Penniless and alone, a man struggles to marry his aspirations to reality while living in poverty. Propelled by his own delusions of what our most widely held ideals of success are, the nameless protagonist, a man debilitated by a fantasy of success which eludes him in his waking life, attempts to circumvent economic poverty while neglecting to maintain his physical and mental well-being, resulting in a body living squalor with a mind living in a dream. Isolated in a dilapidated home, his mental state begins to reflect his surroundings. The film’s nameless protagonist accommodates his delusions with his circumstances by cutting every corner, avoiding social contact and compulsively notating his physical and financial losses. To save money, he has chosen to detach himself from the outside world, his isolation, morphing into mania, leaves him with a mindset that feeds into his delusions. As time progresses, the protagonist’s meticulous obsession with his pursuit of success begins to show its self-destructive toll on his physical well being: loss of weight, lack of sunlight and malnourishment, all become apparent as his appearance disintegrates. Fighting through the problems of failing mental and physical health, our protagonist, Armed with little more than blind determination and misguided concepts of success, takes a shot at the American dream.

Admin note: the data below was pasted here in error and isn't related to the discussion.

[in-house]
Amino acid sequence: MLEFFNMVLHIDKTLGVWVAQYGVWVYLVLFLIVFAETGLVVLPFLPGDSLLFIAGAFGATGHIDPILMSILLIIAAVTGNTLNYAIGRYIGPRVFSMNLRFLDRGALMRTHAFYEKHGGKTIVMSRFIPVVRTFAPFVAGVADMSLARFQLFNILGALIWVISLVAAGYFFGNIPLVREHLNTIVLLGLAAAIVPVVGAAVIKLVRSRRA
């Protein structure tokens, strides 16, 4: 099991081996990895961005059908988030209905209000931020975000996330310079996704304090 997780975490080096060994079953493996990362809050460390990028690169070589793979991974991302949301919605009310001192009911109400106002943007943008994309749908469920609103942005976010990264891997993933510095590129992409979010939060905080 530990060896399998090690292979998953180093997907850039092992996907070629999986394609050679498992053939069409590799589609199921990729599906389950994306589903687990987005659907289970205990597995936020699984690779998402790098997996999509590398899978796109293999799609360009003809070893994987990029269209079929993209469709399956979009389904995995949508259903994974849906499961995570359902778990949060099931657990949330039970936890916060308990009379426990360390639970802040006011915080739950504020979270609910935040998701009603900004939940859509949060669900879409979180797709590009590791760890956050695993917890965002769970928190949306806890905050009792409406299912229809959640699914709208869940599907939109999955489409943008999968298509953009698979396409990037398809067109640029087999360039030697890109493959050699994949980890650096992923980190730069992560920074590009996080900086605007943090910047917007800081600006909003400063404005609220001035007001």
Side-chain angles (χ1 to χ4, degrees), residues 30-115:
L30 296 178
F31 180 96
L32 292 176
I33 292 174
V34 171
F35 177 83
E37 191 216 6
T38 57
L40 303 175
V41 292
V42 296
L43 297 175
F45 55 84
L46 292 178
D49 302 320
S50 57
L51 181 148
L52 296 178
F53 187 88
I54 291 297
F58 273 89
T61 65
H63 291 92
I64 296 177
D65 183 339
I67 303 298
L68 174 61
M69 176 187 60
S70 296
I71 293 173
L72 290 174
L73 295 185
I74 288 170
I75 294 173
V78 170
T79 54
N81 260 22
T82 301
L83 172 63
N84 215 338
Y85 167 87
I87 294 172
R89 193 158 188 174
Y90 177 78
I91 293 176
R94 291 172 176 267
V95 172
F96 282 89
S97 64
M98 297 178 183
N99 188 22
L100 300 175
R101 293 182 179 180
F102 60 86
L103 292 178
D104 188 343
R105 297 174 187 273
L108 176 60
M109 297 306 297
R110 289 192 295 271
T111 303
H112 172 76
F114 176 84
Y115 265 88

Chaos Directed by Natalie Eakin
An experimental work using direct cell animation featuring a score by the filmmakers’ grandfather.
Bequeath the Heart By Zack Von Joo